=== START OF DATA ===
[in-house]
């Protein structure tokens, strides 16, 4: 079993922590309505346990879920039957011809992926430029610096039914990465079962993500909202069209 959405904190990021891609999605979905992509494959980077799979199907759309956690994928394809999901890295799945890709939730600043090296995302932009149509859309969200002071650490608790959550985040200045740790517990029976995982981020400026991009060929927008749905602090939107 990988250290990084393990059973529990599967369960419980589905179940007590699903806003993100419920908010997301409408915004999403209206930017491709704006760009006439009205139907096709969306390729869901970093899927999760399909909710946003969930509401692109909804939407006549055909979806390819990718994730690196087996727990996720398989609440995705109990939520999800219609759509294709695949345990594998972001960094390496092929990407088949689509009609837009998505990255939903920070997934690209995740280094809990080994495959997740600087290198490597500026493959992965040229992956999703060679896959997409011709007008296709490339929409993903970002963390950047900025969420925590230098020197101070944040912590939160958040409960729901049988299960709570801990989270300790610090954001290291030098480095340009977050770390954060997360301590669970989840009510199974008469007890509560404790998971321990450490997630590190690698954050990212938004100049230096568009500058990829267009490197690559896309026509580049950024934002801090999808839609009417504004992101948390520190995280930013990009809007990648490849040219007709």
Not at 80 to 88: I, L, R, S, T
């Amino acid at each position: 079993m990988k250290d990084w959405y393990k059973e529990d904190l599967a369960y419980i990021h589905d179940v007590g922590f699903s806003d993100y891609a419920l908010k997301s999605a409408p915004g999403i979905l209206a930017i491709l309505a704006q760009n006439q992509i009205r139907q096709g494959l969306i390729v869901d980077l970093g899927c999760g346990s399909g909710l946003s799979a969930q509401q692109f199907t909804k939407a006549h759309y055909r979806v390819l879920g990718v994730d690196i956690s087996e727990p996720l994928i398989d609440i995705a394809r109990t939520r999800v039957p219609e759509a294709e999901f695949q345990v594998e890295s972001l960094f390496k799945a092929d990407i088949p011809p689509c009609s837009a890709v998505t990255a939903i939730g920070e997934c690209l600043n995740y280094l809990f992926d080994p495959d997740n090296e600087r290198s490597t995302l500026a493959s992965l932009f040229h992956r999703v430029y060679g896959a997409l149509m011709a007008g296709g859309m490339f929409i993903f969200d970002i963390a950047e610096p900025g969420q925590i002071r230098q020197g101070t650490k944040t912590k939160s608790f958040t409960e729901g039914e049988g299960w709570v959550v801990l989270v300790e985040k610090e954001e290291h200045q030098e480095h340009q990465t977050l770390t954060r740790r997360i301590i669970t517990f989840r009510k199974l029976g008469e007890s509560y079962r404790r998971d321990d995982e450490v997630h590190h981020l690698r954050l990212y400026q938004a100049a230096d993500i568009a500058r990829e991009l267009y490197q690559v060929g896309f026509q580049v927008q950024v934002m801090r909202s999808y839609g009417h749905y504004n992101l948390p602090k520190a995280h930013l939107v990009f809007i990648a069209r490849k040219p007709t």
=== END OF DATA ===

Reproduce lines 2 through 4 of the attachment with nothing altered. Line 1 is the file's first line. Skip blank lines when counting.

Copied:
């Protein structure tokens, strides 16, 4: 079993922590309505346990879920039957011809992926430029610096039914990465079962993500909202069209 959405904190990021891609999605979905992509494959980077799979199907759309956690994928394809999901890295799945890709939730600043090296995302932009149509859309969200002071650490608790959550985040200045740790517990029976995982981020400026991009060929927008749905602090939107 990988250290990084393990059973529990599967369960419980589905179940007590699903806003993100419920908010997301409408915004999403209206930017491709704006760009006439009205139907096709969306390729869901970093899927999760399909909710946003969930509401692109909804939407006549055909979806390819990718994730690196087996727990996720398989609440995705109990939520999800219609759509294709695949345990594998972001960094390496092929990407088949689509009609837009998505990255939903920070997934690209995740280094809990080994495959997740600087290198490597500026493959992965040229992956999703060679896959997409011709007008296709490339929409993903970002963390950047900025969420925590230098020197101070944040912590939160958040409960729901049988299960709570801990989270300790610090954001290291030098480095340009977050770390954060997360301590669970989840009510199974008469007890509560404790998971321990450490997630590190690698954050990212938004100049230096568009500058990829267009490197690559896309026509580049950024934002801090999808839609009417504004992101948390520190995280930013990009809007990648490849040219007709």
Not at 80 to 88: I, L, R, S, T
């Amino acid at each position: 079993m990988k250290d990084w959405y393990k059973e529990d904190l599967a369960y419980i990021h589905d179940v007590g922590f699903s806003d993100y891609a419920l908010k997301s999605a409408p915004g999403i979905l209206a930017i491709l309505a704006q760009n006439q992509i009205r139907q096709g494959l969306i390729v869901d980077l970093g899927c999760g346990s399909g909710l946003s799979a969930q509401q692109f199907t909804k939407a006549h759309y055909r979806v390819l879920g990718v994730d690196i956690s087996e727990p996720l994928i398989d609440i995705a394809r109990t939520r999800v039957p219609e759509a294709e999901f695949q345990v594998e890295s972001l960094f390496k799945a092929d990407i088949p011809p689509c009609s837009a890709v998505t990255a939903i939730g920070e997934c690209l600043n995740y280094l809990f992926d080994p495959d997740n090296e600087r290198s490597t995302l500026a493959s992965l932009f040229h992956r999703v430029y060679g896959a997409l149509m011709a007008g296709g859309m490339f929409i993903f969200d970002i963390a950047e610096p900025g969420q925590i002071r230098q020197g101070t650490k944040t912590k939160s608790f958040t409960e729901g039914e049988g299960w709570v959550v801990l989270v300790e985040k610090e954001e290291h200045q030098e480095h340009q990465t977050l770390t954060r740790r997360i301590i669970t517990f989840r009510k199974l029976g008469e007890s509560y079962r404790r998971d321990d995982e450490v997630h590190h981020l690698r954050l990212y400026q938004a100049a230096d993500i568009a500058r990829e991009l267009y490197q690559v060929g896309f026509q580049v927008q950024v934002m801090r909202s999808y839609g009417h749905y504004n992101l948390p602090k520190a995280h930013l939107v990009f809007i990648a069209r490849k040219p007709t």